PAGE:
State law notes that dredging in primary nursery areas “shall be avoided” except – there’s always an “except” — to maintain an existing natural or man-made channel that was either permitted or used continuously if dug before the days of permits. Applicants must prove that dredging is needed to support a water-dependent activity and must place any dredged material someplace where it won’t adversely affect the nursery area.
Eddie Privett and Alex Moore think Hawkins can be dredged while following the law. They live on opposite sides of the creek. Privett is a commercial fisherman, and Moore built a dredge boat and got a permit decades ago to open what he says was a natural channel.
“It was used,” Moore said of the channel. “It was used a lot.”
Roy Brownlow is the Morehead City district manager for the state Division of Coastal Management, the agency that would permit any dredging operation. Getting a dredging permit is possible, he said, but it’s not easy to overcome the nursery status.
“You have to have documentation that you meet the criteria,” he said. “Sometimes that can be pretty challenging, especially for areas that might have been dredged, but not for a long time. In some cases, there are aerial maps (from which) you can actually see the channels. Sometimes people have old permits. But sometimes there just isn’t any proof.”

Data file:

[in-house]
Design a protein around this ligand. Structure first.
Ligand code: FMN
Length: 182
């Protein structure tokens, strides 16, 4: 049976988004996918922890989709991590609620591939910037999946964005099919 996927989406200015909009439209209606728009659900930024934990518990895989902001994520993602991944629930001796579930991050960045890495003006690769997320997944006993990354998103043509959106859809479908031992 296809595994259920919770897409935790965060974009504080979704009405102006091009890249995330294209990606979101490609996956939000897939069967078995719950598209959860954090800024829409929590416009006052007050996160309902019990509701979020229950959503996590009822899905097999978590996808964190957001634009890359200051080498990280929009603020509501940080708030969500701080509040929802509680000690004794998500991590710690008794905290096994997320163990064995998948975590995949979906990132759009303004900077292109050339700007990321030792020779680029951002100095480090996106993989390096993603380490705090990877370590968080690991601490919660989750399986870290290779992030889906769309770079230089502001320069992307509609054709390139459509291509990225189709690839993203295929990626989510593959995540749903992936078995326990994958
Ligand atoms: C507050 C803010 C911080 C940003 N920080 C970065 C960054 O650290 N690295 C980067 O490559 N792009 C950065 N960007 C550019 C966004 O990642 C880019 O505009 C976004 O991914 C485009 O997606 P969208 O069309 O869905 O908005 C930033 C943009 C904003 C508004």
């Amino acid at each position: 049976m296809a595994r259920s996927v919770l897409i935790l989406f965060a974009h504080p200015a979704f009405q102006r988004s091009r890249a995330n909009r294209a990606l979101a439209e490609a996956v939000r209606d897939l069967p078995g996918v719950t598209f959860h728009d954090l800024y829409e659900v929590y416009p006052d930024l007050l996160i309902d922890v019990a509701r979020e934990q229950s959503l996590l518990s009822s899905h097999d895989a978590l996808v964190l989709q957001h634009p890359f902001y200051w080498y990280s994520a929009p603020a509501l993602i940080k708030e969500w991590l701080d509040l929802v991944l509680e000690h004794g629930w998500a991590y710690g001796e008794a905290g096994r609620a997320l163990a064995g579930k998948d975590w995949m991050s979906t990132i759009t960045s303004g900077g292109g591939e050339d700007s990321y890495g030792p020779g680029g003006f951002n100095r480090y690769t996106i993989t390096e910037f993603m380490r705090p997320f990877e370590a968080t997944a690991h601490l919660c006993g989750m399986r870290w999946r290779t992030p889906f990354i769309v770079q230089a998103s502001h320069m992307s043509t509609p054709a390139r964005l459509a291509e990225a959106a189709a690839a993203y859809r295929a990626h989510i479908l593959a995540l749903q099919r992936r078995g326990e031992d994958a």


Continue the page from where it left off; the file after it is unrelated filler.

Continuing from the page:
Even with proof, applicants would have high hurdles to clear, Brownlow said. His agency can’t issue general permits for dredging in nursery areas, he explained. Applicants would have to apply for an individual, major permit. Those applications are reviewed by a dozen or so state and federal agencies, including the state’s fisheries and water quality divisions, the National Marine Fisheries Service and the Army Corps of Engineers. Any of them could raise objections that could scuttle a permit application or impose stringent conditions on when, where and how the work could be done.
The major concerns, Brownlow said, are to avoid damage to submerged sea grasses and other important habitat and to avoid disrupting key points in the life cycles of the fish and shellfish that use those habitats.
Some people, though, aren’t sure that Hawkins should be considered a fish nursery anymore. Much of the creek, according to Privett, has so much silt that it doesn’t support much life. In some places, there’s so much sand that it’s more akin to hard bottom than the soft mud generally associated with healthy, coastal creeks, Privett said, and that observation was born out by samples the state has taken in the past couple of months.
Doris Shelton, who like Privett has lived on Hawkins for decades, said she’s seen a marked decrease in the number of birds feeding in the creek and in the quantity of fish and shrimp.